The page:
I had a tough time adjusting to the life of a tech blogger. Back then the focus was on writing content so often and so much that you topped search results. This in turn brought visits to your blog which made you money by serving those visitors ads. It was interesting at first but the excitement slowly diminished.

I was still very interested in tech, I read a lot through the day – but I had found my writing was losing its purpose. It was a game that many had figured out and end result was that it was not very ‘creative’.

Then I read a famous quote by Om Malik, a popular tech journalist

“Being authentic in your thoughts and voice is the only way to survive the test of time” 

So the trick was simple. I told myself I am cataloging technology. I would imagine what if our civilisation was lost, what if the only stuff remaining about our world were blogs hidden or backed up in some virtual cemetery, thousands of years later? Would it be not so much better to be authentic about your views and thoughts?

Maybe just maybe that would help me love blogging once more. I was not mistaken. I loved being a tech blogger and cataloging technology. For current and future readers.

“My blog is about myself”

Today, I have more or less stopped being a tech blogger. I work solely on content for rtCamp. Passions have changed. I run along with some others a local WordPress meetup group in Mumbai. Life moves along and so does the nature of the work you are doing.

But since my life as tech blogger has more or less ended, I started to gravitate towards my old blog. My personal brand, diary, my not so secret corner of the web. I am well past thirty, I have a better perspective on my life. I know how many things I have been wrong about. I have learnt to appreciate kindness, learnt to be kinder – appreciate value of hopefully being a good person.

I do not any longer care about sounding modest. My blog is all about myself. I want to hopefully grow old and have a record of how my views on certain issues have changed, how I have been wrong about so many things and for sake of my ego – how many things I got right! :-D

image credits


Becoming anti-social on a blog!

Blogging is odd business. Some people write for money, some for glory and some just to write. I think I have been in all categories in the past. Recently, I feel I simply want to write and read good stuff online. Now on this blog, there was a widget that allowed you to follow me on Facebook or Twitter and also subscribe to it via email.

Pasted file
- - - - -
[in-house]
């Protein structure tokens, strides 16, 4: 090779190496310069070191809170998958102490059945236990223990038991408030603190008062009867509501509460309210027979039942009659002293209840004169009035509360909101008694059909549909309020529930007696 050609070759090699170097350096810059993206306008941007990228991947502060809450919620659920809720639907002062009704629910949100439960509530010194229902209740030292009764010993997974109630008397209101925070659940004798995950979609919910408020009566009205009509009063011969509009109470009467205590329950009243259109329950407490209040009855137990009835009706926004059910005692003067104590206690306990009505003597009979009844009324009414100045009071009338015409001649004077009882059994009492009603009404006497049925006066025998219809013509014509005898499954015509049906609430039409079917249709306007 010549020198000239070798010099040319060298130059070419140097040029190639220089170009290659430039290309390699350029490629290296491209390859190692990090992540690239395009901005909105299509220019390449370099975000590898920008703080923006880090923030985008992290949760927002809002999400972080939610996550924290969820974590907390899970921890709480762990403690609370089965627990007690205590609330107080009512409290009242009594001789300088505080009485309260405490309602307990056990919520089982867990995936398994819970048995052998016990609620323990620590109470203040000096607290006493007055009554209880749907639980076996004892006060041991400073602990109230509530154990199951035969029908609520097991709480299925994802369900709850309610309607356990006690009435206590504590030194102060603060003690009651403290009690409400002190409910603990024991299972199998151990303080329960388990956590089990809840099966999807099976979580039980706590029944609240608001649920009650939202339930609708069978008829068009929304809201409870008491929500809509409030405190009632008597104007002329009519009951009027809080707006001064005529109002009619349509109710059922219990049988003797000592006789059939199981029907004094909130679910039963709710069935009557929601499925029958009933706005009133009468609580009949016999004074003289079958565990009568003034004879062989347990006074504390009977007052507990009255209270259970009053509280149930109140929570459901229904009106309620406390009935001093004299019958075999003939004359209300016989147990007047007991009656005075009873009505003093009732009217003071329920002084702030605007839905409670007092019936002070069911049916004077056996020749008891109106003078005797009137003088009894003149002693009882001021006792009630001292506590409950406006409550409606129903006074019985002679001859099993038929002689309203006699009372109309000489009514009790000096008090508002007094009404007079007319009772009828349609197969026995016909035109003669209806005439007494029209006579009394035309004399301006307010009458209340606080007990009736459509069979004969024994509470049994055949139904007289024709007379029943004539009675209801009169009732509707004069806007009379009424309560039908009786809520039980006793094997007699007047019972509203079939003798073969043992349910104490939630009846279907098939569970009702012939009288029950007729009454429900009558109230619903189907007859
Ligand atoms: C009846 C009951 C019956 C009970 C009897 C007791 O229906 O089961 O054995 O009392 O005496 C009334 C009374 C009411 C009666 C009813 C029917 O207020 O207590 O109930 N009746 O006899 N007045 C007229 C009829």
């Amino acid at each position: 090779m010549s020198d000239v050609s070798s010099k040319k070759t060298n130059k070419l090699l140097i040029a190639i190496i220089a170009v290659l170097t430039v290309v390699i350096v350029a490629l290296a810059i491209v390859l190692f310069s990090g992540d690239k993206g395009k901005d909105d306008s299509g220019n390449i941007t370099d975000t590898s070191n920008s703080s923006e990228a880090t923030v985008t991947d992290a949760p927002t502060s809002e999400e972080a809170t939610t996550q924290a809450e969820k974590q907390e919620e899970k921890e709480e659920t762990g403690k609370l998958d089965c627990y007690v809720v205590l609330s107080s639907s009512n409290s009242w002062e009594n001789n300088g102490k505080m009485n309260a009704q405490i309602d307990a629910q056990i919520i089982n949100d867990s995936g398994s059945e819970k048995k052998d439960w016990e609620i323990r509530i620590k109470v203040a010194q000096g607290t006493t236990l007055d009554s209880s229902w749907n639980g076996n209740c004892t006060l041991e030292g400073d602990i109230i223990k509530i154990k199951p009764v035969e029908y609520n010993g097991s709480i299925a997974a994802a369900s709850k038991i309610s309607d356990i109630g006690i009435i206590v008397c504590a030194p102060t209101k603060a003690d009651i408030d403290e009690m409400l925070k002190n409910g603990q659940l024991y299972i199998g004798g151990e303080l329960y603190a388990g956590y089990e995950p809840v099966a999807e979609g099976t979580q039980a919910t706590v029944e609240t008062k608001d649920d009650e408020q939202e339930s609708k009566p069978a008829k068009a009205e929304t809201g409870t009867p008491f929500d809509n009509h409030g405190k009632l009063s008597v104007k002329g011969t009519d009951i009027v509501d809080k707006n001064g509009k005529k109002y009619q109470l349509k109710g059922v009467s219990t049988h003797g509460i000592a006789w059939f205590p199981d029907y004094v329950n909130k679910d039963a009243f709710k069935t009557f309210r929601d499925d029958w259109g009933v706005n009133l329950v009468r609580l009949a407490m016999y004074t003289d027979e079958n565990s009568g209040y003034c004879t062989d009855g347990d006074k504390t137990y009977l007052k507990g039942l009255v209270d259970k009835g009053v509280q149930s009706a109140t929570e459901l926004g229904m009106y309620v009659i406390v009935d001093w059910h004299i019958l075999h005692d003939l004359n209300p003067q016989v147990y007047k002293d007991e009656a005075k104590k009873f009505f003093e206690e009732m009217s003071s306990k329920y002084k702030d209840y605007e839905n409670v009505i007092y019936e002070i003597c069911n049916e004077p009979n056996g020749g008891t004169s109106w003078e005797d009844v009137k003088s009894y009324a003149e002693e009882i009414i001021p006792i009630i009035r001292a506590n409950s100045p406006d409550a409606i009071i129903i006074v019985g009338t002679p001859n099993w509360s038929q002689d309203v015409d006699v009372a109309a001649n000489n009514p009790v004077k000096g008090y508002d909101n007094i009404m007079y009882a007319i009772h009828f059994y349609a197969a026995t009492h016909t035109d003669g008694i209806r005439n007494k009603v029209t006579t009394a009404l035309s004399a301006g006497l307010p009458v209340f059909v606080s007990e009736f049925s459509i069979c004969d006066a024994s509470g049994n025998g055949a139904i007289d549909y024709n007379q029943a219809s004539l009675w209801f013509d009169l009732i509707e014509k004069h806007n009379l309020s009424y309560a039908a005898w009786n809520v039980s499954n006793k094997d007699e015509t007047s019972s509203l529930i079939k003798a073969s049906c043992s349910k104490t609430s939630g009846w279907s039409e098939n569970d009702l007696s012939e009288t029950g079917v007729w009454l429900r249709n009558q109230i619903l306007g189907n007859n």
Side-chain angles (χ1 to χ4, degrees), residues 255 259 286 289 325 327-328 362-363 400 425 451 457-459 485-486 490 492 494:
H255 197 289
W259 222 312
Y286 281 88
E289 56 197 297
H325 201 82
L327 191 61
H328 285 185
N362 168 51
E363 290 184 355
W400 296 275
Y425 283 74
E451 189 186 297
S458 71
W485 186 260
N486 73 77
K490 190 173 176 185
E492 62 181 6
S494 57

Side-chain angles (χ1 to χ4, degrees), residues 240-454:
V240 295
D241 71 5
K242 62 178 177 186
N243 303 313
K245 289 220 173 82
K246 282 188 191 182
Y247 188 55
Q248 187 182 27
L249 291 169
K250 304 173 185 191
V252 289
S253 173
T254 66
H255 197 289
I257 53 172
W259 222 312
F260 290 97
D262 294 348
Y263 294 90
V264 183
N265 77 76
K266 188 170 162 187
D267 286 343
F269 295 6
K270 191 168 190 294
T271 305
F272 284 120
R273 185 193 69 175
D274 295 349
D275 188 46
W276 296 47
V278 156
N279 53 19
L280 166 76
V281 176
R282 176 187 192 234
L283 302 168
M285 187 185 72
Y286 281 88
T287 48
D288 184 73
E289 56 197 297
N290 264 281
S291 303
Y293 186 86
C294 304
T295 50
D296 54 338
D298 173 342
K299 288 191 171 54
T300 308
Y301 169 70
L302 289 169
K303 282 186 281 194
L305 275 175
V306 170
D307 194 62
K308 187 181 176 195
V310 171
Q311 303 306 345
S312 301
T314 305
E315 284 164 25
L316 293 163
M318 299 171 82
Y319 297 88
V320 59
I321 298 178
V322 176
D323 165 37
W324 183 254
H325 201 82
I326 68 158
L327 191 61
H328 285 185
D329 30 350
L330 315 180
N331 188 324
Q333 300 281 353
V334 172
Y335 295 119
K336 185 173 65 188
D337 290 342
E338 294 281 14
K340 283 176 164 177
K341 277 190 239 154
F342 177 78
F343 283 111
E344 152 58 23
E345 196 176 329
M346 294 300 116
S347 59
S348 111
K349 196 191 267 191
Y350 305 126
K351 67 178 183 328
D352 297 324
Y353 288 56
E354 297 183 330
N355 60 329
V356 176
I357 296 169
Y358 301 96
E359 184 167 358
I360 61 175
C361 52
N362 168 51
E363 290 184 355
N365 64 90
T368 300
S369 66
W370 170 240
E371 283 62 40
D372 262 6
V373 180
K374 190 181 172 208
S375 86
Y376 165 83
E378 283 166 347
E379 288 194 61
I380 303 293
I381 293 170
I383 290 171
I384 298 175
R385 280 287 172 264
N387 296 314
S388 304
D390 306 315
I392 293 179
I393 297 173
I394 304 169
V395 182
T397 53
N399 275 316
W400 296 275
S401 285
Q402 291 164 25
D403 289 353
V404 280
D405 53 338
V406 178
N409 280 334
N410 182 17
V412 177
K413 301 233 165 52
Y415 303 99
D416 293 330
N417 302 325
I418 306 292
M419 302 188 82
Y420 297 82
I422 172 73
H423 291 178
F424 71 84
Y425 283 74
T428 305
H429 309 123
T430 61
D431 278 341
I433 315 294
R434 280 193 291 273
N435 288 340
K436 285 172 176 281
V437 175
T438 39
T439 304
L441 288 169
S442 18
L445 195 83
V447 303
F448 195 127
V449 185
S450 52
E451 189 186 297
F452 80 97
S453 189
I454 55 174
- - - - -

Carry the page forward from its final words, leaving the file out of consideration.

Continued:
It looked ugly, distractive. Why was I telling people to follow me on some social network instead of them just reading what I wrote. Hence I have removed the widget. Its plain, simple and just focused on reading. Maybe it will also keep my focus on writing.

Paying for the News

Imagine one was studying economics and came across highly recommended books on the topic. The books came recommended by famous experts and claimed to be written with no bias. The books are given away free or at some nominal price.

Then out of every ten pages, three or four and sometimes more were Ads. Ads paid for by government agencies, corporate houses and political parties. The experts who wrote these books on law were themselves working for government agencies, corporate houses and/or associated or part of political parties.

Would you expect such books to be useful or valuable? I would probably hear an emphatic “NO”.

Yet, this is exactly how we consume the News. Almost all the News we consume is provided free or something close to free.

Yet, we do not complain and sometimes even carry out self-deception in the toasting our existence in the golden age (or should it be cage?) of “Content is free” and “Customer is King”.

But I think only one of those statements stands true. Content is free is almost always not a fact. The content is actually paid for – mostly by government agencies, corporate houses and political parties.

But the second statement, that of “Customer is king” is accurate. Just that the customer is not the one who is consuming the News. Who are they? Probably government agencies, corporate houses and political parties.

Maybe its time to embrace the term “paid media” – but paid for by consumer itself.

What I took away as Organizer of WordCamp Mumbai 2014!

Last weekend was a culmination of months of preparation for WordCamp Mumbai. There were days when I was was extremely sure of it’s success and there were certain days, I had tremendous doubts on my ability more than anyone else.


How did the event go?

I loved organizing this event. I kept asking many people around if they were having a good time and enjoying the sessions. Most said incredibly nice things but by no means am I going to fall into the trap of thinking this was the perfect WordCamp. They were probably being polite and real feedback will soon start trickling in.

How WordCamp Mumbai was as an event? The best to answer that question, would be people who attended as participants, speakers and even sponsors.

As an organizer I am too close to it to be rational enough. Maybe 6 months down the line I could be more objective- hence I won’t get into rating the WordCamp sessions, events anytime soon.

But I certainly learnt a lot of things with this WordCamp and here are my takeaways.

  • Prepare like crazy! – First thing I take away is that one has to prepare for everything. Take your time and make plans and prepare for all eventualities.